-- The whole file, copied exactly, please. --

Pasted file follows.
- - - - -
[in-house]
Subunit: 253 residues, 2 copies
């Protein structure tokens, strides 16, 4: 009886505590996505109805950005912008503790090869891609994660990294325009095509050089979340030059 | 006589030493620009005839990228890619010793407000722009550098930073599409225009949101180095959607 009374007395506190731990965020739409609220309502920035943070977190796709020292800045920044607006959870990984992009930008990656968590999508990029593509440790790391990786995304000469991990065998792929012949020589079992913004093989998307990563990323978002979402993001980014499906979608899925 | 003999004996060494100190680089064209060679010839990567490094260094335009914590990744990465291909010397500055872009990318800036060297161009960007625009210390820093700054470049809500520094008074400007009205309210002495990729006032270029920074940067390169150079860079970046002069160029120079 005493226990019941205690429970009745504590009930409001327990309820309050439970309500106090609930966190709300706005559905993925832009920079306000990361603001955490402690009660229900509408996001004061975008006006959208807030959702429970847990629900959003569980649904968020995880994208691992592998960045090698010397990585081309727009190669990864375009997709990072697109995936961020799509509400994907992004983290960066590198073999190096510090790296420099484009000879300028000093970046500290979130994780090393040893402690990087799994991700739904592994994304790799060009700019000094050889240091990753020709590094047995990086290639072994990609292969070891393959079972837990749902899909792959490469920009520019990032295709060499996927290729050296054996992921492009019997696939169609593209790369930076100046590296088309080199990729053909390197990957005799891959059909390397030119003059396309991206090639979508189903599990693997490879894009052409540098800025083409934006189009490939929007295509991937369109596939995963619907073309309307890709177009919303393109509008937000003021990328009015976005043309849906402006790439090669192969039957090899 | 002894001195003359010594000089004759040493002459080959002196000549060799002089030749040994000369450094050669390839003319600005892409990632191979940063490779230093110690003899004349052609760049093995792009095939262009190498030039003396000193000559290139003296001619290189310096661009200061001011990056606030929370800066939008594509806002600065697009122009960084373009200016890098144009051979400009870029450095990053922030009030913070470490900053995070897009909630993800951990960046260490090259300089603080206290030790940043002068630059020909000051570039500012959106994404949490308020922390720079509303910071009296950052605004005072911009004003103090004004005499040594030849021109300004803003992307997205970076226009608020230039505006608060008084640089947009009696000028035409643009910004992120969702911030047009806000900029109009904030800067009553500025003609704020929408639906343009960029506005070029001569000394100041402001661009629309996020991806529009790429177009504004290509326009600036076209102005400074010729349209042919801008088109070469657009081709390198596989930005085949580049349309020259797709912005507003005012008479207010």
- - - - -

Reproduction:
[in-house]
Subunit: 253 residues, 2 copies
């Protein structure tokens, strides 16, 4: 009886505590996505109805950005912008503790090869891609994660990294325009095509050089979340030059 | 006589030493620009005839990228890619010793407000722009550098930073599409225009949101180095959607 009374007395506190731990965020739409609220309502920035943070977190796709020292800045920044607006959870990984992009930008990656968590999508990029593509440790790391990786995304000469991990065998792929012949020589079992913004093989998307990563990323978002979402993001980014499906979608899925 | 003999004996060494100190680089064209060679010839990567490094260094335009914590990744990465291909010397500055872009990318800036060297161009960007625009210390820093700054470049809500520094008074400007009205309210002495990729006032270029920074940067390169150079860079970046002069160029120079 005493226990019941205690429970009745504590009930409001327990309820309050439970309500106090609930966190709300706005559905993925832009920079306000990361603001955490402690009660229900509408996001004061975008006006959208807030959702429970847990629900959003569980649904968020995880994208691992592998960045090698010397990585081309727009190669990864375009997709990072697109995936961020799509509400994907992004983290960066590198073999190096510090790296420099484009000879300028000093970046500290979130994780090393040893402690990087799994991700739904592994994304790799060009700019000094050889240091990753020709590094047995990086290639072994990609292969070891393959079972837990749902899909792959490469920009520019990032295709060499996927290729050296054996992921492009019997696939169609593209790369930076100046590296088309080199990729053909390197990957005799891959059909390397030119003059396309991206090639979508189903599990693997490879894009052409540098800025083409934006189009490939929007295509991937369109596939995963619907073309309307890709177009919303393109509008937000003021990328009015976005043309849906402006790439090669192969039957090899 | 002894001195003359010594000089004759040493002459080959002196000549060799002089030749040994000369450094050669390839003319600005892409990632191979940063490779230093110690003899004349052609760049093995792009095939262009190498030039003396000193000559290139003296001619290189310096661009200061001011990056606030929370800066939008594509806002600065697009122009960084373009200016890098144009051979400009870029450095990053922030009030913070470490900053995070897009909630993800951990960046260490090259300089603080206290030790940043002068630059020909000051570039500012959106994404949490308020922390720079509303910071009296950052605004005072911009004003103090004004005499040594030849021109300004803003992307997205970076226009608020230039505006608060008084640089947009009696000028035409643009910004992120969702911030047009806000900029109009904030800067009553500025003609704020929408639906343009960029506005070029001569000394100041402001661009629309996020991806529009790429177009504004290509326009600036076209102005400074010729349209042919801008088109070469657009081709390198596989930005085949580049349309020259797709912005507003005012008479207010």